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New Evidence Suggests People Lived in the Arctic 45,000 Years Ago

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posted on Jan, 15 2016 @ 04:57 PM
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This is very interesting. Turns out the arctic had human settlements thousands of years before our previously held discovery!



The partial frozen carcass of a mammoth was discovered near the eastern shore of Yenisei Bay in the central Siberian Arctic in 2012 by an 11-year-old boy. Scientists, led by Alexei Tikhonov of the Russian Academy of Sciences, excavated the mammoth remains, and found injuries made by sharp weapon tips to the ribs and right mandible, and signs of chopping to the outside of the right tusk. “This is a rare case for unequivocal evidence for clear human involvement,” Vladimir Pitulko of the Russian Academy of Science told Science.






Radiocarbon dating of collagen from the tibia, bone, hair, and muscle tissue indicate that the animal died some 45,000 years ago, or 10,000 years earlier than it had been thought modern humans lived in the Eurasian Arctic. The find also indicates that people had made the necessary adaptations in cooperation, hunting, tool making, shelter building, and clothing production in order to live in such a harsh environment.

Link

Previously, researchers had discovered various tools around the arctic 12,500 years ago, and so it was thought that they could likely be the first.

I love when big discoveries about our past like this article comes about. It really makes you contemplate what our greatest ancestors could have achieved, and what amazing things they witnessed.

If you want to learn even more about the discover, head over to Science magazine for a more detailed article





posted on Jan, 15 2016 @ 06:06 PM
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a reply to: Ghost147

Good reads! Thanks!



posted on Jan, 15 2016 @ 07:37 PM
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a reply to: Ghost147

Just imagine 12,500 years from now, what the next generation of intelligent species will learn from digging in the rubble of our present. Just a little humor here. haha



posted on Jan, 15 2016 @ 08:47 PM
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a reply to: CharlesT

i wonder what the climate was like in the arctic 45,000 years ago
i would imagine it would be pretty chilly but not necessarily as inhospitable as it is now



posted on Jan, 15 2016 @ 09:17 PM
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originally posted by: Ghost147
This is very interesting. Turns out the arctic had human settlements thousands of years before our previously held discovery!

Interesting! Thanks!
Funny how inevitable it is that as soon as our illustrious scientists date something, the next week they are always finding that it was actually much older than thought (until next week, of course)!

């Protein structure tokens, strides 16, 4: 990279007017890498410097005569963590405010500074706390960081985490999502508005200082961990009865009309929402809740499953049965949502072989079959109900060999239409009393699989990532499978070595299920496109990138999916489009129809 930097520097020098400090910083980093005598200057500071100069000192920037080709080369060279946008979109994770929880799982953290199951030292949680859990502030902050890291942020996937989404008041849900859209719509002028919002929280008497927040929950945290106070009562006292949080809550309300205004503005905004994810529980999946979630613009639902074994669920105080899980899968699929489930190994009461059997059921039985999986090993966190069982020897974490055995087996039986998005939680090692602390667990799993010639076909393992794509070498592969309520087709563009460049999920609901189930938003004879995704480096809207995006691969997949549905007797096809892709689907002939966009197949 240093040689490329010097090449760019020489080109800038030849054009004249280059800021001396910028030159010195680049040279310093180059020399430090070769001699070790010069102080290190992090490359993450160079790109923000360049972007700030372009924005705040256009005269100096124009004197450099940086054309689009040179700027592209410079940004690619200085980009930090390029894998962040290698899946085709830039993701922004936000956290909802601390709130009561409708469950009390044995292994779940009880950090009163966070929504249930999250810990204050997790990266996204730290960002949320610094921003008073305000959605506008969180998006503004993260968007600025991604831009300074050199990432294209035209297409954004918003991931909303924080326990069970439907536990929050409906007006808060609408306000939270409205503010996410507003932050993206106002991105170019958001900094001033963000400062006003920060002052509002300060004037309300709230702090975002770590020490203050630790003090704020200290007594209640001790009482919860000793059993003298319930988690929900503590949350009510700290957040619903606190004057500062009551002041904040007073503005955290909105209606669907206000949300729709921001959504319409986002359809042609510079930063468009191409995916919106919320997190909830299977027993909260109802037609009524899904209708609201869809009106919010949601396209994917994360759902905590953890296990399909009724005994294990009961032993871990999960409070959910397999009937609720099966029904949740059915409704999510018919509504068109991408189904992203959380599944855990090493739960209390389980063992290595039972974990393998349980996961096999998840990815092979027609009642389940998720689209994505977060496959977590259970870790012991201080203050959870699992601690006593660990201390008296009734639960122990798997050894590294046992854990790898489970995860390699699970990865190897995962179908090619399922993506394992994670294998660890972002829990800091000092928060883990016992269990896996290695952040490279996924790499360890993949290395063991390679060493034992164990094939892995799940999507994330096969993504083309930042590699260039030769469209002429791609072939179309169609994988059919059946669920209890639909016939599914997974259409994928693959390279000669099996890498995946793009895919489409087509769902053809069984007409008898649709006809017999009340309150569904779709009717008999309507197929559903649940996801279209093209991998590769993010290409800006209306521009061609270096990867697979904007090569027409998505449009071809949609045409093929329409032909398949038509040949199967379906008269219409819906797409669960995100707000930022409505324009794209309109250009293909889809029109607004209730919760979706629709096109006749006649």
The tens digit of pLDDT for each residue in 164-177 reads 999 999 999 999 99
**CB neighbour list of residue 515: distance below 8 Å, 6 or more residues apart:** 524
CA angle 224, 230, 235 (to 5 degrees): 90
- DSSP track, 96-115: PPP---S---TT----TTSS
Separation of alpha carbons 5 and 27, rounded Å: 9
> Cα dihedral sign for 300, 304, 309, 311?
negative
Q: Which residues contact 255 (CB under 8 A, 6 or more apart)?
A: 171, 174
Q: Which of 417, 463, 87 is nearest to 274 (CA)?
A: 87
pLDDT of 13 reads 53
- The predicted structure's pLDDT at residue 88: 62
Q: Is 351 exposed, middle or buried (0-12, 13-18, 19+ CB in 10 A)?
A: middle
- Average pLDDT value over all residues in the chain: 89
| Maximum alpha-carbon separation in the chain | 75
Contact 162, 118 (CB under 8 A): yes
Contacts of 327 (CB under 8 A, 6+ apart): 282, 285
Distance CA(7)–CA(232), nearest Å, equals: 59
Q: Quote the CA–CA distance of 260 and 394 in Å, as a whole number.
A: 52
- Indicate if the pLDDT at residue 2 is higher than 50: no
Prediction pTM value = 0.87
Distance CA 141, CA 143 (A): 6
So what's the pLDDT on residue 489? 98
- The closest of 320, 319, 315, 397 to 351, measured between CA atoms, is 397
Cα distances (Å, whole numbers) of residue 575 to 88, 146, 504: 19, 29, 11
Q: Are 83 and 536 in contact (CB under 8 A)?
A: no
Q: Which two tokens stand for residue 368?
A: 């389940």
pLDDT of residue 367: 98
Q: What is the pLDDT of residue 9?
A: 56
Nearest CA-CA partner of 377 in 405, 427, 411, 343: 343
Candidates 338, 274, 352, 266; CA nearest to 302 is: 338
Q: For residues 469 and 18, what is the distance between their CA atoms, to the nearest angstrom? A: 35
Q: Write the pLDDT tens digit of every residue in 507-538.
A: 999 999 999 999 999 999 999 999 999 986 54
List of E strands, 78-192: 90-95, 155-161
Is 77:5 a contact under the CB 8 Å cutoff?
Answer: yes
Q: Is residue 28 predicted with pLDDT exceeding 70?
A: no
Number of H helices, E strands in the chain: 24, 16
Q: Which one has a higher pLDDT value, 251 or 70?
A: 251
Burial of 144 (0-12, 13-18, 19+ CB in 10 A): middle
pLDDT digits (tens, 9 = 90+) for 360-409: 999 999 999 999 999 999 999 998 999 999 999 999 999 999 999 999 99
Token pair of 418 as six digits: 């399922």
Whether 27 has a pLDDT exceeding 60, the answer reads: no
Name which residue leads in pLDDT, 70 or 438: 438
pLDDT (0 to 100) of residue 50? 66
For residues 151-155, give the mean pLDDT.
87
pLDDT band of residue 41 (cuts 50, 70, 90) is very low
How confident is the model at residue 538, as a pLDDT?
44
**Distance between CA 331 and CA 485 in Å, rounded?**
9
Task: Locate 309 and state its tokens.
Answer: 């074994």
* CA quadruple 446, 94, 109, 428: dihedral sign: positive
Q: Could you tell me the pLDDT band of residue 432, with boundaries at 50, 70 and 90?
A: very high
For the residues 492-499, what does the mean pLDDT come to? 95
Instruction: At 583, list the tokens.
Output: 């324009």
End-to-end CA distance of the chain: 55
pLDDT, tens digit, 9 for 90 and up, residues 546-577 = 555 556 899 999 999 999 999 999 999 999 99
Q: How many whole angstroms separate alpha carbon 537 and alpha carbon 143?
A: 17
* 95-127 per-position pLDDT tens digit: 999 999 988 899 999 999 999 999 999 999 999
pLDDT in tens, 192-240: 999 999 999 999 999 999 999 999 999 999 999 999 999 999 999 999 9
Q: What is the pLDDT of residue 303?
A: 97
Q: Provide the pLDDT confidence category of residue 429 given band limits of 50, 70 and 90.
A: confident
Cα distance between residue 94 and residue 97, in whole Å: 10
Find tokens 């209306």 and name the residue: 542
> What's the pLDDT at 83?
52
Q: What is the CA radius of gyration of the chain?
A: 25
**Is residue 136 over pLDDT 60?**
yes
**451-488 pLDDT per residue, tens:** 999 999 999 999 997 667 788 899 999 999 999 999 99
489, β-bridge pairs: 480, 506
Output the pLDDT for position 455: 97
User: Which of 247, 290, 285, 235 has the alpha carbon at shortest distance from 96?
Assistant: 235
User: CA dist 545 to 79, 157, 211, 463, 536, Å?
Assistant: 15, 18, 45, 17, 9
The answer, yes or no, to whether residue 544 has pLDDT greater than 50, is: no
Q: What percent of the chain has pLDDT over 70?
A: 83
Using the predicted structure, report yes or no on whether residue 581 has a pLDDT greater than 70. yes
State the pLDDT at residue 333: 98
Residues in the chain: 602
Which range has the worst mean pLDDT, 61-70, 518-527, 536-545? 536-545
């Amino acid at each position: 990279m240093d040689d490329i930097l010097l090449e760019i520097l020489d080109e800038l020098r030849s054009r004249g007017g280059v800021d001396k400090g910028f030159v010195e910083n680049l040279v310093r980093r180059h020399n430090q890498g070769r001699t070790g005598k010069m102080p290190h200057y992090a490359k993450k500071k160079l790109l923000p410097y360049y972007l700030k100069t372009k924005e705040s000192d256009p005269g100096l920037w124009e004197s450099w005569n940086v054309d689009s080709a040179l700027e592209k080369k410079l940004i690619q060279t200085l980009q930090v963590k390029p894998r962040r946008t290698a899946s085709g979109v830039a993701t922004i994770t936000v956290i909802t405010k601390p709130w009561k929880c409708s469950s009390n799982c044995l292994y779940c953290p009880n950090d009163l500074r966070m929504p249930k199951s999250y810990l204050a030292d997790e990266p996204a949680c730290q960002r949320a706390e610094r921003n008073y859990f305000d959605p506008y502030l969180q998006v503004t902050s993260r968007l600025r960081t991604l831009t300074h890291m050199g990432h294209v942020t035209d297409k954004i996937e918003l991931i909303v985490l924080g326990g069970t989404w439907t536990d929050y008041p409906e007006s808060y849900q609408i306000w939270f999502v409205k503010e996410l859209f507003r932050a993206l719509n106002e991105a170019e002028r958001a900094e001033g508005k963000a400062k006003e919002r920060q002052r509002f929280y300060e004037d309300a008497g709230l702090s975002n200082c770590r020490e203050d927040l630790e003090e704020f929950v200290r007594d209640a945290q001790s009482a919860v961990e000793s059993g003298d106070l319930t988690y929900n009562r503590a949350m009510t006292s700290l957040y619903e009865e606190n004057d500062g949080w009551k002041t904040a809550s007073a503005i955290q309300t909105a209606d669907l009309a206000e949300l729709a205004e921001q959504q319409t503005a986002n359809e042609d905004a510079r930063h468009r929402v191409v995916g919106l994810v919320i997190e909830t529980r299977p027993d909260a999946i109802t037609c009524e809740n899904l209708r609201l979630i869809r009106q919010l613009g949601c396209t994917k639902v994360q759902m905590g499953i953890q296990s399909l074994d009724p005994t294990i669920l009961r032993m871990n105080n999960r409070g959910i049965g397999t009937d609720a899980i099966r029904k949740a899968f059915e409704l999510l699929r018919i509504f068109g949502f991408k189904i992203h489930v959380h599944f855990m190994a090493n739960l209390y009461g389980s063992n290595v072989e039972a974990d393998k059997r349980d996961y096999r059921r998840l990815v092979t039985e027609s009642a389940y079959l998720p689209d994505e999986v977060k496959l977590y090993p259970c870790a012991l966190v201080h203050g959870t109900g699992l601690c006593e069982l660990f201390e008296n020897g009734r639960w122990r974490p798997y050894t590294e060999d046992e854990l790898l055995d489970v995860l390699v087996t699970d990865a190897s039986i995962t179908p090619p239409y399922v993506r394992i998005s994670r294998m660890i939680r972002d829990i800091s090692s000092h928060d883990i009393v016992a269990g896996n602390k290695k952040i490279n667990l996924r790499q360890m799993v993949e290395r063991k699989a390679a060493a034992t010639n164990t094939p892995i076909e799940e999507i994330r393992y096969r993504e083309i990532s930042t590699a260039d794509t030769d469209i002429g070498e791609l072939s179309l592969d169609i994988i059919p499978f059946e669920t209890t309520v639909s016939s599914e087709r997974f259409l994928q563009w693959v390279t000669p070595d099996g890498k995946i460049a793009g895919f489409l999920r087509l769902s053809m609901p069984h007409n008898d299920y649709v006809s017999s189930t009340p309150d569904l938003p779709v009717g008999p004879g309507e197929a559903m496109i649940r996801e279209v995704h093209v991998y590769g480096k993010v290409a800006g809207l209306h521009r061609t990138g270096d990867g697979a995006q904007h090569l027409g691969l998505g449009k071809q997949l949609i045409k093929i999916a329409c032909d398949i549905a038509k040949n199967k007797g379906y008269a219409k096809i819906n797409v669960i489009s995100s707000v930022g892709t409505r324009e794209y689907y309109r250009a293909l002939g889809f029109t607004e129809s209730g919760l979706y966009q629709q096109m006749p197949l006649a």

Invariably, it seems!
I wonder why...



posted on Jan, 15 2016 @ 09:38 PM
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originally posted by: namelesss
Interesting! Thanks!
Funny how inevitable it is that as soon as our illustrious scientists date something, the next week they are always finding that it was actually much older than thought (until next week, of course)!
Invariably, it seems!
I wonder why...


You're welcome


It's important to note that Science is fluid and isn't based off of absolute certainty. Many people tend to shy away from science because they come in with the thought that a scientific claim/definition is meant to be absolute, when it is simply a means for us to say "this is what we have observed so far, subject to change"

Not sure if that was what you were implying or not



posted on Jan, 15 2016 @ 09:50 PM
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originally posted by: fartlordsupreme
a reply to: CharlesT

i wonder what the climate was like in the arctic 45,000 years ago
i would imagine it would be pretty chilly but not necessarily as inhospitable as it is now


Unlike North America and Europe, this area was not covered by glaciers. There was very little snow at the time and the ecosystem was a grassland Steppe and a much milder climate than what most people would think of from an American or European perspective because we have been taught about the extent of glaciation. That never occurred in Siberia and the climate was more temperate than it is today. This could vary however over periods of time. When it was warmer, there was more wildlife because there was more grass for the herbivores like Mammoth. More mammoth meant more predators. More of both predator and prey meant better hunting for our ancestors and so on...



posted on Jan, 15 2016 @ 09:54 PM
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a reply to: Ghost147


Great find. Much appreciation for posting this. I was hoping that the site would be a bit closer to or in Beringia but it's still a pretty important find nonetheless.



posted on Jan, 16 2016 @ 01:54 AM
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a reply to: Ghost147

Yes. Not new news though.
Governments know but backed out of opening up oil wells and mines because it has not warmed enough yet.